After the Webinar: Learning from Sentinel Events. Q&A with the Presenters

Webinar presenters Maureen McGough and Jim Doyle answered a number of your questions after their presentation, "Learning from Error in Criminal Justice: A Sentinel Events Approach." Here are a few of their responses.

 

Audience Question: Should agencies conduct more studies to examine the smaller individual variables that lead to these sentinel events?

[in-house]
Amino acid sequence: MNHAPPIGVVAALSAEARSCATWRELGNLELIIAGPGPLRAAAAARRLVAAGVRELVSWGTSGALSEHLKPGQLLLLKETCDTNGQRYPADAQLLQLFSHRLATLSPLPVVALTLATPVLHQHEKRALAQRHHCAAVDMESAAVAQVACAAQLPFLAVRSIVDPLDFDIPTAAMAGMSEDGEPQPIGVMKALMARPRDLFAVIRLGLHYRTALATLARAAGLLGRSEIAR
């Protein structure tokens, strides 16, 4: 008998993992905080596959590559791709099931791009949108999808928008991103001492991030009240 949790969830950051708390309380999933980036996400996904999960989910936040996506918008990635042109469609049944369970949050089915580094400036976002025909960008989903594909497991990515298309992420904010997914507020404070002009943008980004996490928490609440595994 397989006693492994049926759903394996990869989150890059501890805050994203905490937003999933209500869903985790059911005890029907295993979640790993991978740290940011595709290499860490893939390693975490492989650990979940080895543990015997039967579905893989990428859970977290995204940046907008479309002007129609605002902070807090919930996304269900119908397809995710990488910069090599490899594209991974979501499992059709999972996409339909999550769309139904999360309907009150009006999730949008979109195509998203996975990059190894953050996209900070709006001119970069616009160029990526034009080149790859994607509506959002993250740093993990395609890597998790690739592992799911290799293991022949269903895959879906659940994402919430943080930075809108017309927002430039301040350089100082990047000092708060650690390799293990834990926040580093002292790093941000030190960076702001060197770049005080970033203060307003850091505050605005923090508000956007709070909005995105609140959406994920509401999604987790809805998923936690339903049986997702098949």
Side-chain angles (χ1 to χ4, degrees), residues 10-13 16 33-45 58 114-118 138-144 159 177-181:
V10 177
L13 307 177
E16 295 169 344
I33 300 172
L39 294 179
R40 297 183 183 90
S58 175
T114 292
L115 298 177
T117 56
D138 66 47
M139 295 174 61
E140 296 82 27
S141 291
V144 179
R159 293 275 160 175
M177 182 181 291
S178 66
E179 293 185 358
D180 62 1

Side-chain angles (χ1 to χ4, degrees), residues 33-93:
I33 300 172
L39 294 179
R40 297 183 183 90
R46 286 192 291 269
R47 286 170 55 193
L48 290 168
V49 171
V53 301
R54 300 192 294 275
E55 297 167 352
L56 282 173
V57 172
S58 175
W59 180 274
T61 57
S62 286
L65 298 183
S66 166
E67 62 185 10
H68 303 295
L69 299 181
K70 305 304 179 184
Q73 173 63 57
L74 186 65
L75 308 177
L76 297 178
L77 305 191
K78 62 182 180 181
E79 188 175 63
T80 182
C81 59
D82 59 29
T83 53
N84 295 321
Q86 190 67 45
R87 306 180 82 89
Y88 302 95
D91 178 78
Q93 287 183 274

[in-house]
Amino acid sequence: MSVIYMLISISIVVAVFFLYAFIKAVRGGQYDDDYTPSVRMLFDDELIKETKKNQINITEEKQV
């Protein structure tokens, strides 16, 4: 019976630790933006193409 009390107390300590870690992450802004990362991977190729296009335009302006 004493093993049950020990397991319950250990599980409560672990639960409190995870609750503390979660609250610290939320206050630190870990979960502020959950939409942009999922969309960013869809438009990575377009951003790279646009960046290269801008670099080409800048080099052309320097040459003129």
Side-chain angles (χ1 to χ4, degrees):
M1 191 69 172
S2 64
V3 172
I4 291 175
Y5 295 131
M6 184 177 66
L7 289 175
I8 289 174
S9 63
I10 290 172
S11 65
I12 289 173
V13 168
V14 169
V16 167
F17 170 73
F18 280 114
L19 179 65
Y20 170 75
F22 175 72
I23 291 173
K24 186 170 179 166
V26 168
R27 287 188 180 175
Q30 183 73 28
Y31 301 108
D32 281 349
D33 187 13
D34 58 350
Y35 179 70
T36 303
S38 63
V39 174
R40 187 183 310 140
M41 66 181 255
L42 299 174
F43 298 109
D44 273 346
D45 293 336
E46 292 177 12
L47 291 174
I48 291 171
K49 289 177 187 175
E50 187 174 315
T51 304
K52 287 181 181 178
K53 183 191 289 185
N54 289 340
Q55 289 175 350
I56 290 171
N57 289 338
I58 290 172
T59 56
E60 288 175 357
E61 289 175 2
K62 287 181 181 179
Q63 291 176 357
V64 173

Jim Doyle: I'm not completely sure I understand the question but I think one of the things that these sentinel event reviews will help with is beginning to answer that question. To put it in another way, by beginning to surface good questions to ask. There's a lot of data out there, what we don't know is we have the data we need and we don't just know what to ask the data we have. When you look at an event like this, it gives you a way to query the data. So, you have, on the one hand, a statistical compilation and on the other hand, a narrative. The narrative can be very important in explaining why this case turned out to be one of the 10%, not one of the 90%, and what more you might need to know about this. One of the things to stress about is it's not immediately clear when you just start saying well let's look back at something that happened is these things are very focused on not in the performance review of individuals, the kind of thing we're used to looking at. Should somebody be fired or prosecuted or disciplined? These are event reviews where you try to understand the whole review, the whole event. Why things happened not just what happened and who did them. They can be very illuminating for agencies who might not quite know what questions they want to ask themselves about it. Certainly, because most things in criminal justice involve more than one agency. It's hard for me to think of an event where I couldn't name at least five that are involved. It helps if you ask each other questions too.